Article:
Bird lovers of all ages and skill levels are encouraged to get involved in the Christmas Bird Count, which will be celebrating its 120th anniversary.
The 2019 count will run from December 14 to January 5.
Ontario Nature member groups are organizing close to 80 counts across Ontario, with three of those being hosted by Waterloo Region Nature.
Data collected during the count is used by scientists to monitor the health and status of resident and migratory birds over time, as well as to develop conservation strategies for species in decline and their habitats.
"The Christmas Bird Count is a great way for bird lovers of all ages to help Ontario's birds." Emma Horrigan, Ontario Nature's Conservation Projects and Education Manager said in a release. "Novices work alongside experts to collect important data that help guide work on behalf of all birds across the province. And who knows … maybe you'll see a rare bird that no one has recorded before,"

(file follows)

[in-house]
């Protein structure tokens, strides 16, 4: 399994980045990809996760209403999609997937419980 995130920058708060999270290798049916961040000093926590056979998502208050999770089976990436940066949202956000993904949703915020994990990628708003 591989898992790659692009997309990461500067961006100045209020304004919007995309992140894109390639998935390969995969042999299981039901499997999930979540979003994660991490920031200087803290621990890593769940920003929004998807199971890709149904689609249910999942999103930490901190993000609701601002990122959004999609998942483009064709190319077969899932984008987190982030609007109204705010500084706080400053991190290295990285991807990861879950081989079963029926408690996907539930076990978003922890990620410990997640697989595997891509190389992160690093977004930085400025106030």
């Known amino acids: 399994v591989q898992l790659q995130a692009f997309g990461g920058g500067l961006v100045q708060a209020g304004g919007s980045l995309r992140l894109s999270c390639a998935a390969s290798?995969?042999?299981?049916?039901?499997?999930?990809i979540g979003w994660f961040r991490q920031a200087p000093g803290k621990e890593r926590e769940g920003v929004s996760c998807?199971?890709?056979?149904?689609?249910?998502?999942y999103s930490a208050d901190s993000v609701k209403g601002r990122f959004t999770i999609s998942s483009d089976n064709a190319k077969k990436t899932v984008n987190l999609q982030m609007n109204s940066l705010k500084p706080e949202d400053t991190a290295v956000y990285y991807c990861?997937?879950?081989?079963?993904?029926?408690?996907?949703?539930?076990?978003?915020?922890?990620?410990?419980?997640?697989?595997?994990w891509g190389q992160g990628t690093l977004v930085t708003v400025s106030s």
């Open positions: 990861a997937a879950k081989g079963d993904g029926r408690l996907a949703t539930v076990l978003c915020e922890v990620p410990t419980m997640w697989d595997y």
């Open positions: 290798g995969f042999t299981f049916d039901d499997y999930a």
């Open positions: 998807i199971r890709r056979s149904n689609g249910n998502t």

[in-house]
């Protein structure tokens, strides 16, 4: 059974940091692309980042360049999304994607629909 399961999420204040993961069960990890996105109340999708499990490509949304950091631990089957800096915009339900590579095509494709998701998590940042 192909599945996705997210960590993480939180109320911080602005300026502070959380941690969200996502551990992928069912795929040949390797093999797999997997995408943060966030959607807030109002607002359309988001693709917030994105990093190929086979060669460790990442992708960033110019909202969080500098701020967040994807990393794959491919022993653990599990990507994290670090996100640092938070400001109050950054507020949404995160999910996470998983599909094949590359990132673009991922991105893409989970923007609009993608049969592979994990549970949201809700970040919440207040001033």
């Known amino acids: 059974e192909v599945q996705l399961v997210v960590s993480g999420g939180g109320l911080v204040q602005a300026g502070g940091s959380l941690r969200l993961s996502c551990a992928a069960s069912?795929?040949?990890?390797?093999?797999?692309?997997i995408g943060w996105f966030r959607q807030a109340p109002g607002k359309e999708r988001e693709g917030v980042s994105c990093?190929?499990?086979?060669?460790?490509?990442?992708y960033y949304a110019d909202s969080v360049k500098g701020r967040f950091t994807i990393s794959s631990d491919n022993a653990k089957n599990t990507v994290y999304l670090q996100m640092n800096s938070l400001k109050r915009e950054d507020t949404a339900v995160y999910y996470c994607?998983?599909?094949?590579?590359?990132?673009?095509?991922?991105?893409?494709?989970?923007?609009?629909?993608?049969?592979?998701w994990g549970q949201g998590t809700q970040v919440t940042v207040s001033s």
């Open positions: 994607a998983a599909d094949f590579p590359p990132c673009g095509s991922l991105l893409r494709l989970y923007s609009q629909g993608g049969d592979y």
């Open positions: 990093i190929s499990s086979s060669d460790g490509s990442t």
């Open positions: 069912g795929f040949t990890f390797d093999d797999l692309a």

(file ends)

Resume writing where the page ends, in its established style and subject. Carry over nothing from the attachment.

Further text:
In 2018, more than 14,000 Canadians recorded over two million individual birds from 250 species across the country.
Here are some highlights from last year's counts in Ontario:
- American crows, Canada geese and European starlings were the most abundant species in the province
- A western kingbird, seen during the Long Point count, was a first for an Ontario Christmas Bird Count
- Waterfowl highlights in Hamilton included Barrow's goldeneyes, king eiders, horned grebes and red-necked grebes
- The first ever barred owl and a record 16 mute swans were recorded during the Wiarton count
- Highlights from Owen Sound included 30 bohemian waxwings, 3 great blue herons and a northern goshawk
Waterloo Region Nature will host a count in the Kitchener area on Dec. 14, in the Cambridge area Dec. 15 and the Linwood area on Dec. 28.
You can find the contacts for those counts by clicking here.